The American gnostic elite have chosen negative euthanasia as the system that will be most accepted by the people, the masses. The mechanism for this mode of killing is rationing of health care. It is ironic that during this debate on national socialist health care many vocal defenders deny that the administration wants to kill anyone, yet if we read the words of those who designed this plan, that is exactly what they say. More on that later.

Historian Paul Johnson wrote in his book, Intellectuals, that “social engineering is the creation of millenarian intellectuals who believe that they can refashion the universe by the light of their unaided reason. It is the birthright of the totalitarian tradition.” These intellectuals are the chosen wise ones of modern times. Socialist Edward Alsworth Ross in his book, Social Control, makes plain that some, namely the wise, must create a plan that establishes control over the society, and that these leaders  must control the behavior and actions of the people. This book, which was highly influential among policymakers, was written in 1910. In the chapter on “The Need for Social Control” he explains:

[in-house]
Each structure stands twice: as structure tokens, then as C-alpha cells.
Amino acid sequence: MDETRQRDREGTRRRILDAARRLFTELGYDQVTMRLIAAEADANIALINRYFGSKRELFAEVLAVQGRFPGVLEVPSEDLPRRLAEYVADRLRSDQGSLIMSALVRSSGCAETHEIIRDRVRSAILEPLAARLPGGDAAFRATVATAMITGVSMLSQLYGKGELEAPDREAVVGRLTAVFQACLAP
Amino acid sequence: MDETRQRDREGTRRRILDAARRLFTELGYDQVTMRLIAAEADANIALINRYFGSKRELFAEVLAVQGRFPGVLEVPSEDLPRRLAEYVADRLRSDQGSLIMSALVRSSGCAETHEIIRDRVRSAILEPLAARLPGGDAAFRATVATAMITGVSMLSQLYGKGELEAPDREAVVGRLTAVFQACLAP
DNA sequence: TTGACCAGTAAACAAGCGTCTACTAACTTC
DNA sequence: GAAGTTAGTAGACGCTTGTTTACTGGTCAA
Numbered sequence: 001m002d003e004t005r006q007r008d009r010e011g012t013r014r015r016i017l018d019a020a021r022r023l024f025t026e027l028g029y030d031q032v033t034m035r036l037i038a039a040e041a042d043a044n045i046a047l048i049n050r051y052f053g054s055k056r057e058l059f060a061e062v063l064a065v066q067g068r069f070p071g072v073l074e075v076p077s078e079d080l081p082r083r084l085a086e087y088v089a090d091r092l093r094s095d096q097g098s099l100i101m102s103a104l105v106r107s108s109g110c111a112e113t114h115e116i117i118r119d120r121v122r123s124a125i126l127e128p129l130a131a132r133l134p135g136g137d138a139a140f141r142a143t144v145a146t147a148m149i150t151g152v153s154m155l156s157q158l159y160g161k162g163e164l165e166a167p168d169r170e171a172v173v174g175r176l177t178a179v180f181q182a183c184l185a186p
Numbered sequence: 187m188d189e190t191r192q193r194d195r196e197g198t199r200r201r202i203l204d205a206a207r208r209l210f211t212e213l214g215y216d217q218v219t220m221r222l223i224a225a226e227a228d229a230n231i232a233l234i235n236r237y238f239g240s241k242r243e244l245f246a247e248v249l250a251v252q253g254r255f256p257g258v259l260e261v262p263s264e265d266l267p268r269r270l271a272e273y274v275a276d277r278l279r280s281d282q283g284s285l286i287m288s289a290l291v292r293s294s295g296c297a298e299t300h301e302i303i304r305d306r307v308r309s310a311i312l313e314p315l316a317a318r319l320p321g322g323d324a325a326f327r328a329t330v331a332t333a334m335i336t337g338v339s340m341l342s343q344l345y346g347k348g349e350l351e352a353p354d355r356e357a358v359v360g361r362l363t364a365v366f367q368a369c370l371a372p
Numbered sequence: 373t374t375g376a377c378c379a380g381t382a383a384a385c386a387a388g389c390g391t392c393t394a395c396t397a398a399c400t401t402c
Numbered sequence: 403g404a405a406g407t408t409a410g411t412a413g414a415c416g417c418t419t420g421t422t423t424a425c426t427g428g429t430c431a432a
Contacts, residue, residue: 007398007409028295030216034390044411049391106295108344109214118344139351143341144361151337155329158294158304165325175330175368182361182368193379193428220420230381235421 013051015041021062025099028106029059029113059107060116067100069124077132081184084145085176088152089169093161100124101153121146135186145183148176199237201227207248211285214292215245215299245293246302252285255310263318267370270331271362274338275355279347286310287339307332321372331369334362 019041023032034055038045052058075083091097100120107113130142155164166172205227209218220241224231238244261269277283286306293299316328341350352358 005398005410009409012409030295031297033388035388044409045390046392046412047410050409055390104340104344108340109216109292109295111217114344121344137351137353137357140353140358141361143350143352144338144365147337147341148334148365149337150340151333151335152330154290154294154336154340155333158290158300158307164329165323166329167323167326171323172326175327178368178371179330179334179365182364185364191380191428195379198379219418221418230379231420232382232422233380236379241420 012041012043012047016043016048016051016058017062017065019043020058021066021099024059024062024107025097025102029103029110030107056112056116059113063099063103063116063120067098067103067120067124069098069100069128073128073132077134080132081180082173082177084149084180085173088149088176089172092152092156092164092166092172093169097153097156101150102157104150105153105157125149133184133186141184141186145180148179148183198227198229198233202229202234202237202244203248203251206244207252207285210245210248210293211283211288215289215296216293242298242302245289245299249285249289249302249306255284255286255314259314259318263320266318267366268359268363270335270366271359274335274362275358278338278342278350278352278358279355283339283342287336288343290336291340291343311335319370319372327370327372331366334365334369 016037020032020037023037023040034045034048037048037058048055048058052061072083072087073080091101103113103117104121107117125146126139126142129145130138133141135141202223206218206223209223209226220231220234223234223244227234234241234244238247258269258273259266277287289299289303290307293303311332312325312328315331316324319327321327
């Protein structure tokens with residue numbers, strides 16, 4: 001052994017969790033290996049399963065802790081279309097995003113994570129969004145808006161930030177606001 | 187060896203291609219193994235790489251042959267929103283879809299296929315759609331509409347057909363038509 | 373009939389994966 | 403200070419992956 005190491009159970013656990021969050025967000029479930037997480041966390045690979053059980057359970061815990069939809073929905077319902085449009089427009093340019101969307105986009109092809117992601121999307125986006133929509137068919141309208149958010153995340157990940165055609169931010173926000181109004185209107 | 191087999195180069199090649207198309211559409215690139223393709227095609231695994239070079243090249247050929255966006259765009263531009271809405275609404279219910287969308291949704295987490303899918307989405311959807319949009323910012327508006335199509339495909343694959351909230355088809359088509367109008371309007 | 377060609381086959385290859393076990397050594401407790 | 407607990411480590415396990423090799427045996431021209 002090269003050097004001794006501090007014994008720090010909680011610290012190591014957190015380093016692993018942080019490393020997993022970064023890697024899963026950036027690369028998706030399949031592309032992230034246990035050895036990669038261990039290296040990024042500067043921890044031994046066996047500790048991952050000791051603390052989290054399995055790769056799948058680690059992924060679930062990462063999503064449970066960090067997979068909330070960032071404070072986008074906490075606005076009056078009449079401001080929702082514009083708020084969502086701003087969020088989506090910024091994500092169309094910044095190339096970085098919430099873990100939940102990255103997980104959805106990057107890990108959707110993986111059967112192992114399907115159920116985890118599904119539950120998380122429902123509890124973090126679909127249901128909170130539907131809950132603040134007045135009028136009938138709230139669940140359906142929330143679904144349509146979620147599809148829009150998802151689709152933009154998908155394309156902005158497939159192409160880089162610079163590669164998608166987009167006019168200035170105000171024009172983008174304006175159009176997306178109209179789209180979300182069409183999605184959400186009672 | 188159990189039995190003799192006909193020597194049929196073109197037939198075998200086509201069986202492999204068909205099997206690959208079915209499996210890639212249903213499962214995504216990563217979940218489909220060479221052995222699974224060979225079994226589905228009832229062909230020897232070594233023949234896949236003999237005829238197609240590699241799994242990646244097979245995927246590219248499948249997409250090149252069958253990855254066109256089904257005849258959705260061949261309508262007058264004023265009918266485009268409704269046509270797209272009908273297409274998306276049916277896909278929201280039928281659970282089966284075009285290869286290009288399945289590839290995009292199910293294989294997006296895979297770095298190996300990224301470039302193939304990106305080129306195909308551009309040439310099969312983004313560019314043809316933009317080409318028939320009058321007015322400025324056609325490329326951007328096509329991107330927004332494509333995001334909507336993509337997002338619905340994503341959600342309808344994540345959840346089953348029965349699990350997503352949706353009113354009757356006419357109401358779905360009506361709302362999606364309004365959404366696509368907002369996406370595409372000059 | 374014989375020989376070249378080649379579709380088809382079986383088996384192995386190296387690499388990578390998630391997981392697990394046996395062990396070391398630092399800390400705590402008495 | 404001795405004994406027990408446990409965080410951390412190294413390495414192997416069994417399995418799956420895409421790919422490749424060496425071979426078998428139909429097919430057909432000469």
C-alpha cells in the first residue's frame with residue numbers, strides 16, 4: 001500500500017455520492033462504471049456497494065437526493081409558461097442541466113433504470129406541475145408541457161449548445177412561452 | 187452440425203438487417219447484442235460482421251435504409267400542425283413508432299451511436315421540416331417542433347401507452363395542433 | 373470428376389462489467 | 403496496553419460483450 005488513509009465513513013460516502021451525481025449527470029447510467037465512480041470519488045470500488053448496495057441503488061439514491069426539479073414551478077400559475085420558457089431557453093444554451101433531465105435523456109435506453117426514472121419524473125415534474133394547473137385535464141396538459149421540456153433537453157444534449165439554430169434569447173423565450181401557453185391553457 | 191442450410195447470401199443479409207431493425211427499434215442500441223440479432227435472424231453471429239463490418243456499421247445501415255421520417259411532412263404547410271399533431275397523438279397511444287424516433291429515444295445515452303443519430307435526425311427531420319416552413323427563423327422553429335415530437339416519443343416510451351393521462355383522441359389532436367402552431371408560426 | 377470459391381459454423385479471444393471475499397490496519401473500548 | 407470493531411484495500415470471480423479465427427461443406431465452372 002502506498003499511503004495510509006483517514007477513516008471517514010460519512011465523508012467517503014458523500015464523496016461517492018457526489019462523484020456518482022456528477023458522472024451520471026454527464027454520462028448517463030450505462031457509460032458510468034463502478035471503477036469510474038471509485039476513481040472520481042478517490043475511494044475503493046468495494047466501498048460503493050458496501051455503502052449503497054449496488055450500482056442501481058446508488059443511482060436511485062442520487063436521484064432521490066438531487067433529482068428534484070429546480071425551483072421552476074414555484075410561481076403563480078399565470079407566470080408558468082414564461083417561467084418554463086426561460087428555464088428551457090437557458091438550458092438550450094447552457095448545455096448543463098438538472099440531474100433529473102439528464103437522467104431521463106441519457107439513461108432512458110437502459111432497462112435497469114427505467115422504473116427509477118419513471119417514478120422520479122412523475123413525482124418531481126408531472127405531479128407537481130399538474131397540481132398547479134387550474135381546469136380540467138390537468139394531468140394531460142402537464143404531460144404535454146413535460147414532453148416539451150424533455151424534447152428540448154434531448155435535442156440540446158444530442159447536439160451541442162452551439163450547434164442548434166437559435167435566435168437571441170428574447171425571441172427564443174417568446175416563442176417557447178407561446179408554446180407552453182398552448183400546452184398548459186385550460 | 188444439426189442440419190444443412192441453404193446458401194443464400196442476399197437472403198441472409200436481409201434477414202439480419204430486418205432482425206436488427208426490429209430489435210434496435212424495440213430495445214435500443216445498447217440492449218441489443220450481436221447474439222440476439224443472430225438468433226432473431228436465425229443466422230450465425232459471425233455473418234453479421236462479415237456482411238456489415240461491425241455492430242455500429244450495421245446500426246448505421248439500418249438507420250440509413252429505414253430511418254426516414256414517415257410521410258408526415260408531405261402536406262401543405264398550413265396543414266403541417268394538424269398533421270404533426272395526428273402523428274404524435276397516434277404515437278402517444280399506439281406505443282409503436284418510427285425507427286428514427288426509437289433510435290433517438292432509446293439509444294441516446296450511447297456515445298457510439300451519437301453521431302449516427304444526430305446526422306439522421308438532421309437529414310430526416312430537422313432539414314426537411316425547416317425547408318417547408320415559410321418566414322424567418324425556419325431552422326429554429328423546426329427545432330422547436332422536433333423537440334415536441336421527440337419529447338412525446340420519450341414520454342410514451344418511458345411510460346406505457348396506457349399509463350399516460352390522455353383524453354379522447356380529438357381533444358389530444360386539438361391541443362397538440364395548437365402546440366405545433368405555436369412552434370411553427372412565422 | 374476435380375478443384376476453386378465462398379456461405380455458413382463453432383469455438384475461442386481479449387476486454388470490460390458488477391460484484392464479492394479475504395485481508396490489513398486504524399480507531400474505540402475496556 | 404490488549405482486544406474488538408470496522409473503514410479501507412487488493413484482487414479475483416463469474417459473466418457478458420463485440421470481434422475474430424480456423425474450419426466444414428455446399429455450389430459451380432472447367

Although the social fabric is at first held together by sheer force of arms, time gradually masks naked might, and moral and spiritual influences partly replace brute force. It is in the composite society, then, where the need of control is most imperative and unremitting, that the various instruments of regulation receive their highest forms and finish. Here has been perfected the technique of almost every kind of control.

He then goes on to say: